The Cost of Love Key Image

One of the key images of the story, it symbolizes how sacrifice can lead to another’s happiness, but is it worth it?

The Cost of Love Storyboard

The final storyboard for the storybook.

Booker Book Jacket

“What these three stories have a common?” was the challenge this brief presented. Underlying in all three narratives is a recurring theme that ties these narratives together; Deterioration. Each story tells a different tale about the deterioration of a certain aspect; Sense of Self, Memory and Acceptance

Booker Book Jacket Original Paintings

The original artwork for each cover.

Good Grief

Good Grief is a mobile app that explores an alternative way of facing one’s mortality by learning the impermanence of life and that death is not an isolated event. The app examines ways a digital tool would redefine current practices and attitude towards commemoration and legacy. Through pre-planning exercises, it empowers one to live fully by coming to terms with what they have at an early start and guides one at the later stages, making a good grief for all.

Good Grief

The 3 main categories of the app are the planning, memories making and grieving phases. This feature let one start a living will and pre-pay a funeral over time.

Good Grief

The app landing page prompt viewers to download.

Good Grief

The posters are copy focused with an indirect expression of death. Dark humour is used to normalise and direct the viewers, particularly the young adults to be less serious about it by relating the app features to the context of millennials’ behaviours. These aim to invite them to start a culture of openness on a taboo topic and eventually spread the word to their older loved ones.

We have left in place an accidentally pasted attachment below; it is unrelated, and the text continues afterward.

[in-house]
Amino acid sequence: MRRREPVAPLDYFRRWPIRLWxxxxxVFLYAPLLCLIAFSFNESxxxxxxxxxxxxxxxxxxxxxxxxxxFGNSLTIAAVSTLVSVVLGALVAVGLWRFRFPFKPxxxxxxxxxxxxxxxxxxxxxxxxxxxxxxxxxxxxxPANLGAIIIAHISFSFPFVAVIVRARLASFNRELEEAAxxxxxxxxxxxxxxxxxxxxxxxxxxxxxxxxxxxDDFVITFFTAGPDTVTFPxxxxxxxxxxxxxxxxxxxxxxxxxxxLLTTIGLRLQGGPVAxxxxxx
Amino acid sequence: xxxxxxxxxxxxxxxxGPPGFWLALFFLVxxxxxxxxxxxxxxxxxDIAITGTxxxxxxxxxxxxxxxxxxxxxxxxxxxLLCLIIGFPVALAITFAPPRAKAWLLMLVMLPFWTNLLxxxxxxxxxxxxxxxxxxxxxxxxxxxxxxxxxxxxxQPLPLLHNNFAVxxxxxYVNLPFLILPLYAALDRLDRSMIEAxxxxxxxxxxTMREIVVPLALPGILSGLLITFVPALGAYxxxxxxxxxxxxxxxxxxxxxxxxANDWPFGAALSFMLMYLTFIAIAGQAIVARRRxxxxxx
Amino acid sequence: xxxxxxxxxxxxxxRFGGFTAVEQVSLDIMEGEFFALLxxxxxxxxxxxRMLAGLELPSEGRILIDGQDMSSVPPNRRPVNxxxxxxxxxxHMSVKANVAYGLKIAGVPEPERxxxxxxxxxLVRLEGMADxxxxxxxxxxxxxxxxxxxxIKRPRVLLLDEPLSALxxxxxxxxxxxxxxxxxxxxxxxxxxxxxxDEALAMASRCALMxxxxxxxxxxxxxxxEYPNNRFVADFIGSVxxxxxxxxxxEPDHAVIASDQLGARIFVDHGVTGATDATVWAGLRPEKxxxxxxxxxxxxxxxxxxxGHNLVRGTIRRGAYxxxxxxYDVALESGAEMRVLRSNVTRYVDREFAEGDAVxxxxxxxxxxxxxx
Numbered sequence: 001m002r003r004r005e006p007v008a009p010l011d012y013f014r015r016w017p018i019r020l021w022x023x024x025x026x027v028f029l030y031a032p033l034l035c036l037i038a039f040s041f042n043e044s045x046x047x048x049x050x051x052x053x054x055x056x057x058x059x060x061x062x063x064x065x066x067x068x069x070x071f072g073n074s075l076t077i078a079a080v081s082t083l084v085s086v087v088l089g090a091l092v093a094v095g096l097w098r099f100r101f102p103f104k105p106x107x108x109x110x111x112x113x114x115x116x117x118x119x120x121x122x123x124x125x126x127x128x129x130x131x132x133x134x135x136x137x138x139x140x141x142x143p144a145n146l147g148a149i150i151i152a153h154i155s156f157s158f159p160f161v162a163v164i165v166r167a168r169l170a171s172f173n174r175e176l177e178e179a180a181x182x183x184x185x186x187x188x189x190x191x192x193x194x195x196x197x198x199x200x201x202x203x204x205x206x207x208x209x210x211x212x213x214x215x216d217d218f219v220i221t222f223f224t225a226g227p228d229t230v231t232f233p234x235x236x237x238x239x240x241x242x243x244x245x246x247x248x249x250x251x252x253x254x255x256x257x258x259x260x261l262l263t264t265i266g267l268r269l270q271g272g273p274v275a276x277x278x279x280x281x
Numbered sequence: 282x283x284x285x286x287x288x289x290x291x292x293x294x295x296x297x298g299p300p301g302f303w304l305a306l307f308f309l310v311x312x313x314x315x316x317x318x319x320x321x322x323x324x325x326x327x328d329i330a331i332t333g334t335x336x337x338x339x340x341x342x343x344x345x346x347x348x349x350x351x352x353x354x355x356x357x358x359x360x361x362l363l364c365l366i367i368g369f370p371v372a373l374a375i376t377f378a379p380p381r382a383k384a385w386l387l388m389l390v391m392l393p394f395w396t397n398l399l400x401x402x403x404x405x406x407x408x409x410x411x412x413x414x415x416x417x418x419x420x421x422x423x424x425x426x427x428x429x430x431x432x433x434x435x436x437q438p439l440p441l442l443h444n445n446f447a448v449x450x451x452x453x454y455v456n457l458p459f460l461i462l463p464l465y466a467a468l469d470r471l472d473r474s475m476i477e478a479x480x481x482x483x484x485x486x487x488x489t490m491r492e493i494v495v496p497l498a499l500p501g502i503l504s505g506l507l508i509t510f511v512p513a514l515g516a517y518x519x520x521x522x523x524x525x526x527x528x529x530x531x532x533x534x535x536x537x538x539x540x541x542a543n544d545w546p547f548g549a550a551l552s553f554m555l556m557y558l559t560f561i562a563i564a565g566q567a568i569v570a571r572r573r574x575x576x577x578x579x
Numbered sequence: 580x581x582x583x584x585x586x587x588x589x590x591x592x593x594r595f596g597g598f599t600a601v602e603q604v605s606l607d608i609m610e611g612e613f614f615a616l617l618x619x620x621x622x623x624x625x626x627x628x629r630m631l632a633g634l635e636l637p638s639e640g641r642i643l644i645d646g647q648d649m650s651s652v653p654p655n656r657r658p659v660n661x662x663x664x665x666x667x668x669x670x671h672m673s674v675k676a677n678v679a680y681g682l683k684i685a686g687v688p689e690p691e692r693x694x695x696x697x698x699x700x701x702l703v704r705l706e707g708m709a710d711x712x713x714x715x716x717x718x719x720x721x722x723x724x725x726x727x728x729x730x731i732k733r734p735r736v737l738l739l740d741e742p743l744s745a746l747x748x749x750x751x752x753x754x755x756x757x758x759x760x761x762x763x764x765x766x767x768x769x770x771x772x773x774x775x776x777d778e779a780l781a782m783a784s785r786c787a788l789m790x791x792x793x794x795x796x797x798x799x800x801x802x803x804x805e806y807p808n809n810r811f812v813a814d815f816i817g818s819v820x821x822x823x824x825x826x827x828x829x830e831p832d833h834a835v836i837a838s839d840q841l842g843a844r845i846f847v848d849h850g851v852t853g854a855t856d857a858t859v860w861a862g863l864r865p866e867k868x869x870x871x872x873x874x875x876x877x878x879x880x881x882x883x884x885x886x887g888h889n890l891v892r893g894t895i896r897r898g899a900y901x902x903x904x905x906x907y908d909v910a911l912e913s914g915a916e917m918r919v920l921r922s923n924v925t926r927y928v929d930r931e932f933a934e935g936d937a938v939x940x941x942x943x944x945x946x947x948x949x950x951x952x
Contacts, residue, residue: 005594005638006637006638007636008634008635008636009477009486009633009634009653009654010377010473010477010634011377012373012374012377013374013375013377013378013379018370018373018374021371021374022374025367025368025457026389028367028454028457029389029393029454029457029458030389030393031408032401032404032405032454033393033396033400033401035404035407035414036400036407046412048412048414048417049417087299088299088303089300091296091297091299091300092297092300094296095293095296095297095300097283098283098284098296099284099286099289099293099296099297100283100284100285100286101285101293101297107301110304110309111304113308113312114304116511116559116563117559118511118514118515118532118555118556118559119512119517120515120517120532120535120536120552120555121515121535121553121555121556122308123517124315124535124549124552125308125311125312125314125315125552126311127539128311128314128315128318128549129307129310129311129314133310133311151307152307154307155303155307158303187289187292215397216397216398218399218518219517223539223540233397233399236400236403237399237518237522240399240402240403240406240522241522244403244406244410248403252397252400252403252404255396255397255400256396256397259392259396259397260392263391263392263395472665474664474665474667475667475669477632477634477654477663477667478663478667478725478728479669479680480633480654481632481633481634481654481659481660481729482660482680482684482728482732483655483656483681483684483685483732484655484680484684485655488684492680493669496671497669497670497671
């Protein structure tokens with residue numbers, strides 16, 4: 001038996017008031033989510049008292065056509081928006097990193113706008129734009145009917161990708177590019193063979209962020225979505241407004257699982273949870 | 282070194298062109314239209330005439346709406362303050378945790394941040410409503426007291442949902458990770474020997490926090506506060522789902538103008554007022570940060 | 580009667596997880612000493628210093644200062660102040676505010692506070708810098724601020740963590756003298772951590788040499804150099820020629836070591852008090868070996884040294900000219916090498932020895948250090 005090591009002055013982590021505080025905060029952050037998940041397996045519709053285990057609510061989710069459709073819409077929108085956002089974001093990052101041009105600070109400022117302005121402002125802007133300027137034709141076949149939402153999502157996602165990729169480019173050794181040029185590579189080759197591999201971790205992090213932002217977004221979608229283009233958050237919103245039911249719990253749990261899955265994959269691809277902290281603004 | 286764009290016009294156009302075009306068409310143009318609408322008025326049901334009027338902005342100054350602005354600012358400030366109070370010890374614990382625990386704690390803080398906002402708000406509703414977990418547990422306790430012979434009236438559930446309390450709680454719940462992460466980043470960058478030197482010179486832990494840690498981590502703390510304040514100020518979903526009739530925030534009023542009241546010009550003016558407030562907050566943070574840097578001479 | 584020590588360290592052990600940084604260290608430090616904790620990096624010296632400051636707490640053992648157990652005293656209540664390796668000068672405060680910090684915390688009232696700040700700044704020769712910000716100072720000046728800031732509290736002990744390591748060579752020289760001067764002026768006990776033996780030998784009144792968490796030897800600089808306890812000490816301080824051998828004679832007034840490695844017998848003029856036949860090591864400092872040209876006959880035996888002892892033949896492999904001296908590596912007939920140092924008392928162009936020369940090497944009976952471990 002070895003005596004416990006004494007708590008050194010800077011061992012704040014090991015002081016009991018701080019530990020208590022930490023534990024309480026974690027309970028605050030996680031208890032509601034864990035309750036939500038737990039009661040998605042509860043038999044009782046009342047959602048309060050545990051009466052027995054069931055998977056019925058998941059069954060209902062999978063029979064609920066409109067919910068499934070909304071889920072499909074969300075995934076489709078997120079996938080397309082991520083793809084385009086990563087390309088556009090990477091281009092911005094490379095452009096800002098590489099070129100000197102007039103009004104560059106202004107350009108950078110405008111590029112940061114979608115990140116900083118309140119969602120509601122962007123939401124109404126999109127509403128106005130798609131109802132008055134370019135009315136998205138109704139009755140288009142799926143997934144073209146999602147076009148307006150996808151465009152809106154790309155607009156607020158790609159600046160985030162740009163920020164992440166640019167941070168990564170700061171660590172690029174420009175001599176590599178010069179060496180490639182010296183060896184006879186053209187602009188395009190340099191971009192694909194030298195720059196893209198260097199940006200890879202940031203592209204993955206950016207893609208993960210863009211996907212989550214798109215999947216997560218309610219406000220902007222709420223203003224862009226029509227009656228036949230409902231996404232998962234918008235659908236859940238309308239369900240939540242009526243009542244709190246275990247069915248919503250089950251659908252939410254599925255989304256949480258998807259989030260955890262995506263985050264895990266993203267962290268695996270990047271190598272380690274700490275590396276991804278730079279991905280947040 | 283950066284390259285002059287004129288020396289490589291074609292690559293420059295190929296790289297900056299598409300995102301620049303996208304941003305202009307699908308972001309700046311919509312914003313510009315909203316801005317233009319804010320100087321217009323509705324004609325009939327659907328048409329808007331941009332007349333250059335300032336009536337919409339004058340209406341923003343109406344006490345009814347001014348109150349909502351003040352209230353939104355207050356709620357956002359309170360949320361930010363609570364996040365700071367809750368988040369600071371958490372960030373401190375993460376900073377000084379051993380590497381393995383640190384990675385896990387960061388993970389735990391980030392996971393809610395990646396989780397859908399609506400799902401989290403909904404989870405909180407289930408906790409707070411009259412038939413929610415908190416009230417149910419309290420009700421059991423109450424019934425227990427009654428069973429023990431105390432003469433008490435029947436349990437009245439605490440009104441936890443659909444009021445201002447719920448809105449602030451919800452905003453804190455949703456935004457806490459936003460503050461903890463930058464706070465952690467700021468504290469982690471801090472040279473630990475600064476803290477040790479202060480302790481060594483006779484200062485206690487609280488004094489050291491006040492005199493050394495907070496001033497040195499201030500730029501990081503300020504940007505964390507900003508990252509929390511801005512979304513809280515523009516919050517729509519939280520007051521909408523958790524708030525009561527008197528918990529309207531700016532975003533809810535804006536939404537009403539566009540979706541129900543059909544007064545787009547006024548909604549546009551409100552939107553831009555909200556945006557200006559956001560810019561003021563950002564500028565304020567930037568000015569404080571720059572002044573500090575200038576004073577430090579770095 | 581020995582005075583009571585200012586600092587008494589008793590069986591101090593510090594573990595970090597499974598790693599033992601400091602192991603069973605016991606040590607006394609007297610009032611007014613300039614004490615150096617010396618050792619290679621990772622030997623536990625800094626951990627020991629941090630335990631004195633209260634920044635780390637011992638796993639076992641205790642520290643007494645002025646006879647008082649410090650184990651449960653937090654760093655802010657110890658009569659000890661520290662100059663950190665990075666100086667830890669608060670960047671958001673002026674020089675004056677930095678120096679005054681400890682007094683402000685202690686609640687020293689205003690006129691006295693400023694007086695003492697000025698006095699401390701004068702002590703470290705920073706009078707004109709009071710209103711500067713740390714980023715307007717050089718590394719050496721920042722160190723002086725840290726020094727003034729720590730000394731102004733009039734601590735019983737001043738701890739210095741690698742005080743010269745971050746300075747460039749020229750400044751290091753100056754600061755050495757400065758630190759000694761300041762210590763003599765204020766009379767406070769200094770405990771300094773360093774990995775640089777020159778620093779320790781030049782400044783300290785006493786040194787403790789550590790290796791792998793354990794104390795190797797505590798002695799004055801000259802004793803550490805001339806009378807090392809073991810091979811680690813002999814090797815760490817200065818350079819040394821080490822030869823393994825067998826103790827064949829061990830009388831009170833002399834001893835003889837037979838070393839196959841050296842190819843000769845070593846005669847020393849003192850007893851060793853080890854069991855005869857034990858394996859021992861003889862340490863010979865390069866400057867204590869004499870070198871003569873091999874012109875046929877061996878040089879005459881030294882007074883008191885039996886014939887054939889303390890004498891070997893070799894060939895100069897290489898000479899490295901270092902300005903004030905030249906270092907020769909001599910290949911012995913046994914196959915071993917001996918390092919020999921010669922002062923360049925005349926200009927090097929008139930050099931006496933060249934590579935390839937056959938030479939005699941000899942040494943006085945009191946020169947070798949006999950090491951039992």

Good Grief

This project went through multiple iterations that started with a concept of providing a modern intuitive funeral service found lacking in the deathcare sector into a wholesome guiding tool. The visual style evolved from a dull palette into a balanced muted organic tone with animated euphemism images put together, allowing one to see two sides of the same coin, similar to the idea of death comes with life.

The Subversive Smile

The Subversive Smile explores the hidden smiles consumed in the capitalist world as the spectacle evolved. By decontextualising (divide) familiar images to form new visual metaphors (addition), it disrupts (minus) and reveals (plus) what we've overlooked. Using subtle visual manipulation and irony, it challenges viewers to rethink their consumption habits and question if we’ve been endlessly pulled into desires dictated by false images of happiness.

The Subversive Smile

We are attracted to the allure of smiles that romanticise instant gratification and fast consumption.